Excitement and pride were in the air at last Friday’s 2016 Leadership Scholar luncheon in Montpelier. Eleven of this year’s thirteen scholars attended the event and brought along family and friends from across the state. They are an impressive and diverse group of students, each with a unique story to tell.
Jerrica Magill hopes to become an English as Language Learner (ELL) teacher. She believes her leadership experience at CCV-Rutland has helped her significantly on this journey.
“Academic mentoring was actual teaching experience,” Magill said. “I started out tutoring people one-on-one but now I’m actually teaching workshops. It’s really about getting the job experience before I even take the classes that I need.”
Magill was joined at the event by her wife and her two young boys, who were dressed to the nines for the occasion.
“Those are their new Easter suits. They were very excited to get dressed up,” Jerrica said proudly.
Patricia McCormack of CCV-Springfield said she thought that getting involved is more than half the battle. She is working to strengthen the Community of Student Representatives (CSR) chapter in her center.
“What we do in the CSR affects all CCV students in the state in a positive way,” McCormack said. “To be able to bring those changes, you’ve got to be the one to step up and want to lead.”
The students were joined by CCV President Joyce Judy, Vermont State Colleges (VSC) Chancellor Jeb Spaulding, and VSC Board of Trustees Chair Martha O’Connor, who all spoke about the importance of leadership both at CCV and in the community.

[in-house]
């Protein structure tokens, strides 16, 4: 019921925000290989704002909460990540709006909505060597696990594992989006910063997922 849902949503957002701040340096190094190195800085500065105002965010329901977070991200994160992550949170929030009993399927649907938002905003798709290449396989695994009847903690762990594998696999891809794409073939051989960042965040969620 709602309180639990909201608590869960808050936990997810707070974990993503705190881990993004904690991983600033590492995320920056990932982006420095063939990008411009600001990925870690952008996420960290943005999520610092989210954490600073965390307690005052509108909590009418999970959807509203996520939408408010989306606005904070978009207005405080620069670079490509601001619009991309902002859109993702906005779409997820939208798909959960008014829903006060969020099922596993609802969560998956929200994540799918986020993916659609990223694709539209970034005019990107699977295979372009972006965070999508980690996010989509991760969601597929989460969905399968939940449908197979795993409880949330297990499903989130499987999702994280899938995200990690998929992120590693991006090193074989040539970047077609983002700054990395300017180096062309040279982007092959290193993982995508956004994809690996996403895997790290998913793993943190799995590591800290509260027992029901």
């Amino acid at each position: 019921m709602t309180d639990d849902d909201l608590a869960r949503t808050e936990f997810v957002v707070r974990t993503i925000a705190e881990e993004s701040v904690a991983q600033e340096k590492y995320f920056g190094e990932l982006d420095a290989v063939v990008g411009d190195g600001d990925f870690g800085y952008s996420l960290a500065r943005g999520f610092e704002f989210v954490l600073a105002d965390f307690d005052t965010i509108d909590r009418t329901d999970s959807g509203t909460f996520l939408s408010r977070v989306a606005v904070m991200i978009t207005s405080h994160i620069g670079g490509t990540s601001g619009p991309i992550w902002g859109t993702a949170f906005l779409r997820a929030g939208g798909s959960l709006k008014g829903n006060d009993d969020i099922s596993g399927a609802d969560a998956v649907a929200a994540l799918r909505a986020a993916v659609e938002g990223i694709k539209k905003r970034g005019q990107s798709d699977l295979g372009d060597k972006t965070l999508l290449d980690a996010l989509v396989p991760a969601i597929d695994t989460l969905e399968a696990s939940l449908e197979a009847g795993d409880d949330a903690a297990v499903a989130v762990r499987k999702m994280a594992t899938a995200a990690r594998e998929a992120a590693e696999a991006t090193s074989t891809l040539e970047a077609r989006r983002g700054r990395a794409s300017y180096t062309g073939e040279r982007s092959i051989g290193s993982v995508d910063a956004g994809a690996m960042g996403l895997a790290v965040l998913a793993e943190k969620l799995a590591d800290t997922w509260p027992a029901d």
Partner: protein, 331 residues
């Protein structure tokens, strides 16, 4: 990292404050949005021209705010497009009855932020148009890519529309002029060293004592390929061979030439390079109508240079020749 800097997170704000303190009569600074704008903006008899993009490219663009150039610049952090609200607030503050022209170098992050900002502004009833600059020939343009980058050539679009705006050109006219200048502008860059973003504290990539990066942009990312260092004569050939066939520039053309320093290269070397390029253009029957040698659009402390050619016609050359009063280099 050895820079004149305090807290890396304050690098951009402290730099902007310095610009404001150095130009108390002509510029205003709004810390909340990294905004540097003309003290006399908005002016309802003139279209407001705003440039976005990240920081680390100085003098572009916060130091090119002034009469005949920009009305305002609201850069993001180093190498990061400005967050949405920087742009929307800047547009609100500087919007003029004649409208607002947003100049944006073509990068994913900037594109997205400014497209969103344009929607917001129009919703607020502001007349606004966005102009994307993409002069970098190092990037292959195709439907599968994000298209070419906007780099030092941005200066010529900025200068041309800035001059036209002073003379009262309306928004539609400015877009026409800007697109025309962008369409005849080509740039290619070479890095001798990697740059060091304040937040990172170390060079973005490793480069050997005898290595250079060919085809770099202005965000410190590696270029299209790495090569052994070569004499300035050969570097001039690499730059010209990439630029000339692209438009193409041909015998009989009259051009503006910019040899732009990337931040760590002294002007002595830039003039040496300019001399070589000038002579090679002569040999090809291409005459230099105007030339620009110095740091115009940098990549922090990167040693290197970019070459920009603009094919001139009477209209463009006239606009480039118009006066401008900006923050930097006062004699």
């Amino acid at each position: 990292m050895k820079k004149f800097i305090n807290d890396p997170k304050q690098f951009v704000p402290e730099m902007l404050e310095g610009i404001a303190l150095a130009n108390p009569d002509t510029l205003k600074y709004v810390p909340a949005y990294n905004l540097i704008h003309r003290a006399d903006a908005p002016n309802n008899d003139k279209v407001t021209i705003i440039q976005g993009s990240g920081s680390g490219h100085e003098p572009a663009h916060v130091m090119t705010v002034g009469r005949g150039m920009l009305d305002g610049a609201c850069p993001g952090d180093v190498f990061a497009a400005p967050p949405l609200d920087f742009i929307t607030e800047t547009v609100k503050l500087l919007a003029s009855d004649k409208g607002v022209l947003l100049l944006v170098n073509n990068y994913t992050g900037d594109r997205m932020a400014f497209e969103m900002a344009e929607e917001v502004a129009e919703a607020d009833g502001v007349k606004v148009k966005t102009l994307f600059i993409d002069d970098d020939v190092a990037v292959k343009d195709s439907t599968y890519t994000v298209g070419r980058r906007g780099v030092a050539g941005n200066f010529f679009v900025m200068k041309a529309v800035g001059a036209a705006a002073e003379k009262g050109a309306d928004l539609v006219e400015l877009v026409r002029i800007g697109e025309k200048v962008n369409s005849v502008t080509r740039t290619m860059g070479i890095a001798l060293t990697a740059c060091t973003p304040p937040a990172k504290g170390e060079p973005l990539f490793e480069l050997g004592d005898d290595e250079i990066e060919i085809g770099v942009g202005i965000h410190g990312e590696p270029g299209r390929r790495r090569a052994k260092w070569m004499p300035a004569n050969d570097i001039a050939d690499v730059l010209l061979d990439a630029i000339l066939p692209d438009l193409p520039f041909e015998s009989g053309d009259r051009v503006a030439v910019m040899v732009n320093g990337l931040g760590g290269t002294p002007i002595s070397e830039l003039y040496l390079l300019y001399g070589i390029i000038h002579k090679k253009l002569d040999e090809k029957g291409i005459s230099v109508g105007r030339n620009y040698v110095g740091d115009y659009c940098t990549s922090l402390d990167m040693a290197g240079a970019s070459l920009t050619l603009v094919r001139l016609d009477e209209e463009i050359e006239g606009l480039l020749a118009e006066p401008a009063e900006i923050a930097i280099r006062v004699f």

“Integrity is absolutely critical. If people can’t trust you, nobody’s going to follow you for very long,” said Chancellor Spaulding. “Having a clear vision, getting people to trust in that vision, and doing it in your own way will allow you to lead at various levels.”
The Leadership Scholarship is designed to honor students who demonstrate significant leadership abilities in their classrooms, their academic centers, or their communities through service learning, volunteer work, and involvement in student life at CCV. In addition, student leaders must be a degree student, be enrolled for spring semester, have completed at least 12 credits, be in good academic standing, and be a leader in their community. CCV has awarded the scholarship since 2012.
In hearing each of the students speak, though, they clearly share a quality that goes beyond their academic credentials and leadership activities. They each exhibit a near-palpable sense of compassion and a belief in the ability of a single person to effect change in the world around them. Assistant Director of Financial Aid Ryan Dulude highlighted this point when he closed out the event with a powerful recognition of the scholars’ achievements and a challenge to each of them: continue on as leaders and agents of positive change in the world.
“Many of you started at CCV, terrified out of your minds as to what the future holds for you,” Dulude said. “Think of what you’ve become at this point. And think what you have ahead of you. And as you leave today, I want you to think about how you can give that to other people. Think about how to look upon other people and think, ‘it’s not about what they are, it’s about who they can become.’”